In Fairfield Porter / James Schuyler country: Penobscot Bay, Maine


Fairfield Porter, “Penobscot Bay with Yellow Field” (1968)

I’m currently on vacation on the coast of Maine, an area I’ve read a lot about — especially in relation to Fairfield Porter and James Schuyler — but never visited before.  In Camden yesterday, from the top of Mount Battie, I saw the whole sweep of Penobscot Bay and caught a glimpse of Great Spruce Head Island in the distance, the island owned by the Porter family, where Schuyler spent so many summers living with Fairfield and his wife and kids, and where Frank O’Hara, John Ashbery, and other poets came for extended visits.  You might say that Great Spruce Head Island is the northernmost outpost of the New York School.

View of Penobscot Bay from Mt. Battie, Camden Hills State Park

Maine Great Spruce Head

Map of Penobscot Bay at top of Mt. Battie, Camden Hills State Park, showing location of Great Spruce Head Island

If you’ve ever read Schuyler’s poems, or his letters, or his diary (all of which so vividly and extensively describe the look and feel of this part of Maine), or if you’ve enjoyed Porter’s luminous paintings or learned about the painter’s life (in Justin  Spring’s excellent biography) you may feel as if you have an intimate connection to this place, even if you’ve never been there.  It’s great to finally see this spectacular part of the country in person.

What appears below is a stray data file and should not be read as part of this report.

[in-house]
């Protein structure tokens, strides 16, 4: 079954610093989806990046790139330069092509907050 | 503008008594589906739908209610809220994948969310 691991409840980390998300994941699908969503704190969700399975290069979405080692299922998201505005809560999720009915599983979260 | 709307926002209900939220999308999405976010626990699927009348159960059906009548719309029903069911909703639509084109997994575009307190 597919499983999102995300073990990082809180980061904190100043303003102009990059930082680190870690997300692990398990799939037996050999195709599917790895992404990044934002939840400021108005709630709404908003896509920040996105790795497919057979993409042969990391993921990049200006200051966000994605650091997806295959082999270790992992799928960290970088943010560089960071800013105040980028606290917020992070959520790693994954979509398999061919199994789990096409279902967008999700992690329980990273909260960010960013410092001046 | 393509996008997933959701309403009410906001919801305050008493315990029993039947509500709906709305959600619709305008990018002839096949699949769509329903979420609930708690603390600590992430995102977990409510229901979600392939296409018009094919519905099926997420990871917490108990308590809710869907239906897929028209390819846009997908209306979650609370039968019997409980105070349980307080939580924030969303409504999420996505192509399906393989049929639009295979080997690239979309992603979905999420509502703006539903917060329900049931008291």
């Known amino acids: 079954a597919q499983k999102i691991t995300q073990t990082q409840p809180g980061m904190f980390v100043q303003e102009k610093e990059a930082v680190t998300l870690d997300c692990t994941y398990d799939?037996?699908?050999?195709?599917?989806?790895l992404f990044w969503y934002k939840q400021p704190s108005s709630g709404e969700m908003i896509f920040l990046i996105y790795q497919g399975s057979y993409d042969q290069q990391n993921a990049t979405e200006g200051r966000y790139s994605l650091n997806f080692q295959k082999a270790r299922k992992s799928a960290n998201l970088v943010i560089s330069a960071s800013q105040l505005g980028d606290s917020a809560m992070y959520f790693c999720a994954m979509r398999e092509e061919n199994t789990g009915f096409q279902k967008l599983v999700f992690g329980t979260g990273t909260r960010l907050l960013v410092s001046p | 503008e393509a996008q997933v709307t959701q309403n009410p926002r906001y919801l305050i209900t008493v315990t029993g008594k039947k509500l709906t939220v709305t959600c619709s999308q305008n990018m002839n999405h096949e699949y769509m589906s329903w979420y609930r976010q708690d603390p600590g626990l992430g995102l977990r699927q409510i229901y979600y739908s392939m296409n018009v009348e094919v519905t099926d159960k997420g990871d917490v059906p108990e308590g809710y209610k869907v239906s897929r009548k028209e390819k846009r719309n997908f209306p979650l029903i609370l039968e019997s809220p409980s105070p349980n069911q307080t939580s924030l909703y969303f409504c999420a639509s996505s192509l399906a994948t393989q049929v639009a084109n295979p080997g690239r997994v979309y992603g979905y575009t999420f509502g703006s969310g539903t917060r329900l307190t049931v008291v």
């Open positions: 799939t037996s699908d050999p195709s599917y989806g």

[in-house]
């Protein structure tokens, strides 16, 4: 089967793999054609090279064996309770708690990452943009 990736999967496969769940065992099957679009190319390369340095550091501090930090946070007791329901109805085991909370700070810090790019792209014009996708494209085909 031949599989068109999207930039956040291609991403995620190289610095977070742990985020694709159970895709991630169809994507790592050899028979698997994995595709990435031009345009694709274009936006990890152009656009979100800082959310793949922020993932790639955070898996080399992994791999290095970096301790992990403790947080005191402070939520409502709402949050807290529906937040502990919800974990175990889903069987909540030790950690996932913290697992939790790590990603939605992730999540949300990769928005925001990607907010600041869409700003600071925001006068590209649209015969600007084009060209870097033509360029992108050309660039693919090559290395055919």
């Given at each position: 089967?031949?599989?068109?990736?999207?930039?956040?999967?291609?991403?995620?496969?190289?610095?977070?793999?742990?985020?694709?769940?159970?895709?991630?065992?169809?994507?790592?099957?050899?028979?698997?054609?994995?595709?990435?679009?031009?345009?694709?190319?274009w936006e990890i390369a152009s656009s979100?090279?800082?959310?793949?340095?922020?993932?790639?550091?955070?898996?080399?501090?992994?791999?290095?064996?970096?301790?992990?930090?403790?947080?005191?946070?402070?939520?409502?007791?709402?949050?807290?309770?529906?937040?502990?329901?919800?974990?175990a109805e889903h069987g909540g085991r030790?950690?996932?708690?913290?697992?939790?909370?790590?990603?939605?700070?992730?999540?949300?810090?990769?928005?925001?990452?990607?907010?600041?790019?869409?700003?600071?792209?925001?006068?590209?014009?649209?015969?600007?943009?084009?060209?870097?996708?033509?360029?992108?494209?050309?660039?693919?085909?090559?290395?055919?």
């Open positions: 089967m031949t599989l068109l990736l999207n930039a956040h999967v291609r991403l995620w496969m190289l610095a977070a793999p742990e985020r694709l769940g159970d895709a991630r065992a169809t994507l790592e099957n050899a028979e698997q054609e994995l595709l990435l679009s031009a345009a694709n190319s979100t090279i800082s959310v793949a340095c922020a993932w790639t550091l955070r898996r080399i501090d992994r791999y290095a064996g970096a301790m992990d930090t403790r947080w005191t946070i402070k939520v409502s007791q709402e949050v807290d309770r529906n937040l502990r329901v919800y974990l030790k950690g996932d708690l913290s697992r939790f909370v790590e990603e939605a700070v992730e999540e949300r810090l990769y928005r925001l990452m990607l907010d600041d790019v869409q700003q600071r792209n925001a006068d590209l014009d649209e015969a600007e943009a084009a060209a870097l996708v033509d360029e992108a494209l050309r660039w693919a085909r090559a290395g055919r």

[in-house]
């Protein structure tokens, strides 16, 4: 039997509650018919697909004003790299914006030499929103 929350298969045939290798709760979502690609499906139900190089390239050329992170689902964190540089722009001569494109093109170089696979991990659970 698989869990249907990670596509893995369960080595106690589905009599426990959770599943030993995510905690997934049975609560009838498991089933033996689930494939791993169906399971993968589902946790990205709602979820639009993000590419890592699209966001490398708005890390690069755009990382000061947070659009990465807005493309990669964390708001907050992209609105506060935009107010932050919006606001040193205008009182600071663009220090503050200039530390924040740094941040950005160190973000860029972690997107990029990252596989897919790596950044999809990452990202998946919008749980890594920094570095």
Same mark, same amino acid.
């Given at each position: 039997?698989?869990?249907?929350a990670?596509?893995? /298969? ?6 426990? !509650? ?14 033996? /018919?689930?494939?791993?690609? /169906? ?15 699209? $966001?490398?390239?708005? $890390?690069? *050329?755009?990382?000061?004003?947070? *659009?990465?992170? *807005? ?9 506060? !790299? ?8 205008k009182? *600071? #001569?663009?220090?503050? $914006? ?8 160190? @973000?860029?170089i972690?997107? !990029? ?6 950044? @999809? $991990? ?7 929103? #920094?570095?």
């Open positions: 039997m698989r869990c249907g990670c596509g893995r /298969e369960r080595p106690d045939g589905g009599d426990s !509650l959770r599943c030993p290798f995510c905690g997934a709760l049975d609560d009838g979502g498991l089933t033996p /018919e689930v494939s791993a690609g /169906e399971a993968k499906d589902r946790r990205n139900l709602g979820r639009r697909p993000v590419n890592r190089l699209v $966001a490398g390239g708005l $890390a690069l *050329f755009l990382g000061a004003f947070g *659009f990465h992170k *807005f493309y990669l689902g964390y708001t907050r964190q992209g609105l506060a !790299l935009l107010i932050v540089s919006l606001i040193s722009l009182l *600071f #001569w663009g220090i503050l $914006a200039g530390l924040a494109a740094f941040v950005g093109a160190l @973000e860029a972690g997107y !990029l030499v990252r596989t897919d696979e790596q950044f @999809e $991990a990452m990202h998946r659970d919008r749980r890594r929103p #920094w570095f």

Judging from the guidebooks and the charming local bookstore, the poet most associated with this region is Edna St. Vincent Millay.  But for my money, this is James Schuyler country.

Here are some lines from Schuyler’s poem “Today”:

The bay today breaks
in ripples of applause.
The wind whistles.
Spruce and bright-leaved birch
at the edge
are flat yet plump
as letters with “see enclosures.”
A gull mews, the mailboat toots,
the wind rises and pours with a noise like water
and spills black jazz
from spiked brown seed cups of red columbine …

A sailboat scuds,
a poplar tugs at roots
in soil a scurf on rock.
Everything chuckles and creaks
sighs in satisfaction
reddens and ripens in tough gusts of coolness
and the sun smites

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